Lawsuit Could Cool a Fast-Growing Way of Giving to Charities

Because that sponsor is considered a public charity in its own right, donors get the tax deduction when they donate to the fund. When the money is doled out to other public charities, donors do not get a second deduction.

By law, the donors have given up control of their donation when they put the money into the fund. But in practice, their grant requests generally go through a cursory review to ensure the money will go to a public charity — and not pay for trips, gala tickets or a job for a child.

This lack of control becomes crucial when donations include less-traditional assets that can be sold, like stock, private equity or hedge fund holdings or even shares of a private business.

Donor-advised funds “generally sell off most any type of salable investment, be it a long-term capital asset, real estate, jewelry, privately held stock,” said Page Snow, chief philanthropic officer of Foundation Source, which helps private foundations with administration.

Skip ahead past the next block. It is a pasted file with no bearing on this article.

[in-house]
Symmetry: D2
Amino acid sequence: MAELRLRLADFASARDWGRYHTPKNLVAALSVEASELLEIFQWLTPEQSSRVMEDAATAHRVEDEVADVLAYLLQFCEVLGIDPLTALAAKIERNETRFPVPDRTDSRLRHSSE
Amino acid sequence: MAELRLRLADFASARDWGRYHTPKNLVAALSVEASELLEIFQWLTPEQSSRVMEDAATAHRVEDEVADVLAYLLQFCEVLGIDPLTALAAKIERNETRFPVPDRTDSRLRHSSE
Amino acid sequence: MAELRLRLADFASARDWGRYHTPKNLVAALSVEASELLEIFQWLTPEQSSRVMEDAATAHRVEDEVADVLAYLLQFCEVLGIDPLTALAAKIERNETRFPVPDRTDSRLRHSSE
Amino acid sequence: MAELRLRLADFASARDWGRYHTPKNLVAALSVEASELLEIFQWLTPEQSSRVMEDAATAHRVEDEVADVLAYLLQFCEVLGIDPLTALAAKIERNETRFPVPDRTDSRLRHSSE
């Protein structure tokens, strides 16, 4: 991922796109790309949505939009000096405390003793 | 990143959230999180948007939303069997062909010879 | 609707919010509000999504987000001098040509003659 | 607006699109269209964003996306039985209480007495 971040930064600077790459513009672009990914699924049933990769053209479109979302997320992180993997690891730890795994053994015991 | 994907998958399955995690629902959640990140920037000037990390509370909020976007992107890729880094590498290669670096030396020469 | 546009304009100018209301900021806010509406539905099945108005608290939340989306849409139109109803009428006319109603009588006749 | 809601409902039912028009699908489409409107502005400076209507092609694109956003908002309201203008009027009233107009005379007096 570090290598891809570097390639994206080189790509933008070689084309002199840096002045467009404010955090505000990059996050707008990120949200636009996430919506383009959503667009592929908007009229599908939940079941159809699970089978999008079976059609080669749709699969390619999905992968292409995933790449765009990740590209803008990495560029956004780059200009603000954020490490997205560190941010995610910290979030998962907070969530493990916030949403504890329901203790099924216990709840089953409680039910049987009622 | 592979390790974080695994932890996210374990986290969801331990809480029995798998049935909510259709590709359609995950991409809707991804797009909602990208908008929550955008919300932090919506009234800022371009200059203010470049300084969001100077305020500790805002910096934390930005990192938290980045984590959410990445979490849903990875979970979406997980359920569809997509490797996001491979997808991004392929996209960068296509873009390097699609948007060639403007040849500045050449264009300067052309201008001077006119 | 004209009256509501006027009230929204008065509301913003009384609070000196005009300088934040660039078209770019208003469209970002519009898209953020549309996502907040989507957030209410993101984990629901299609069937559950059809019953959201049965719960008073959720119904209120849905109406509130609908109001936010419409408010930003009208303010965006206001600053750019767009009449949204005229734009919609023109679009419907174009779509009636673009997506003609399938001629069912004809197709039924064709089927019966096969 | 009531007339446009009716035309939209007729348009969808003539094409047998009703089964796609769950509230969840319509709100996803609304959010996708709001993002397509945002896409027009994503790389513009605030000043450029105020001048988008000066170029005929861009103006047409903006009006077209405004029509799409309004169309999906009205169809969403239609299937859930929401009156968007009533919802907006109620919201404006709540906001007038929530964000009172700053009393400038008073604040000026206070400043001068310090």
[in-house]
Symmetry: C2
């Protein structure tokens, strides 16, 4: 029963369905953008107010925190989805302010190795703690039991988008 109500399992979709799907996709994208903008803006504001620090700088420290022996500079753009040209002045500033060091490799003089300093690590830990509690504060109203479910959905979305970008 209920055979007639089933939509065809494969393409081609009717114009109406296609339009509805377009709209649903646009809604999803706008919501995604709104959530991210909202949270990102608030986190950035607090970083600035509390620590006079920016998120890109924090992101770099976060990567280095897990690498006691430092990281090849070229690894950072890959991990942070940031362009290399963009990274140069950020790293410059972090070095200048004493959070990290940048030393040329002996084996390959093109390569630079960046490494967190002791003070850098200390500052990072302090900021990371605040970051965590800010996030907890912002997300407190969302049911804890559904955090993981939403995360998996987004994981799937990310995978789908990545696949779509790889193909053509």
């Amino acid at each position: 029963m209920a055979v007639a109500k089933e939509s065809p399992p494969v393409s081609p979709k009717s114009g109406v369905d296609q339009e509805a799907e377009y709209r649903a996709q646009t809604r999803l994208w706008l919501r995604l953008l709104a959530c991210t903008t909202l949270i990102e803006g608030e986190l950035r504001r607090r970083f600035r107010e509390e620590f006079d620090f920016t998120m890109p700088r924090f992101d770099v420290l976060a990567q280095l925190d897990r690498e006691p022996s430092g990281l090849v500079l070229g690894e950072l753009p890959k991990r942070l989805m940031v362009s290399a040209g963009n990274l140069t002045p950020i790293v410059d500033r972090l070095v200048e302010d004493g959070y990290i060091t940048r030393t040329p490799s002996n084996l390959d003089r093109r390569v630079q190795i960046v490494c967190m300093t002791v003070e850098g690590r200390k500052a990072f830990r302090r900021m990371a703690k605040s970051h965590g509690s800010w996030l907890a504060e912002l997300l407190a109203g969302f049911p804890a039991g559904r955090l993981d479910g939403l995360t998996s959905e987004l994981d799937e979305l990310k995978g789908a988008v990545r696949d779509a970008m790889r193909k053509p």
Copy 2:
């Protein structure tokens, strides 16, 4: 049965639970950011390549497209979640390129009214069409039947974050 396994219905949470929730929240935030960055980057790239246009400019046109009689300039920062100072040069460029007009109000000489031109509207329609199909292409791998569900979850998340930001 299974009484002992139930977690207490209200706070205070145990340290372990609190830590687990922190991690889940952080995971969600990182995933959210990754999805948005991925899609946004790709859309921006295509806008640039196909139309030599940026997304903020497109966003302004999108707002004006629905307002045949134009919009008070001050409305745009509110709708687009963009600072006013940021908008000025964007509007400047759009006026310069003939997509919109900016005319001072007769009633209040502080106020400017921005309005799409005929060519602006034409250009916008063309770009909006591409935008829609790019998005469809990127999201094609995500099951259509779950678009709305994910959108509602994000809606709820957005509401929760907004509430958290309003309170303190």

Donors would have more control if they set up a private foundation to handle their charitable giving, but they would also have to deal with the administration costs and burdens, or find someone to oversee those tasks.

“In a private foundation, you can hold jewelry, art work, maps,” Ms. Snow said. “We had a client who had a helicopter, and somebody who donated a saddle.”

Still, the tax deduction is always greater if the donation goes to a public charity, like a university, hospital or, yes, a donor-advised fund, Ms. Snow said.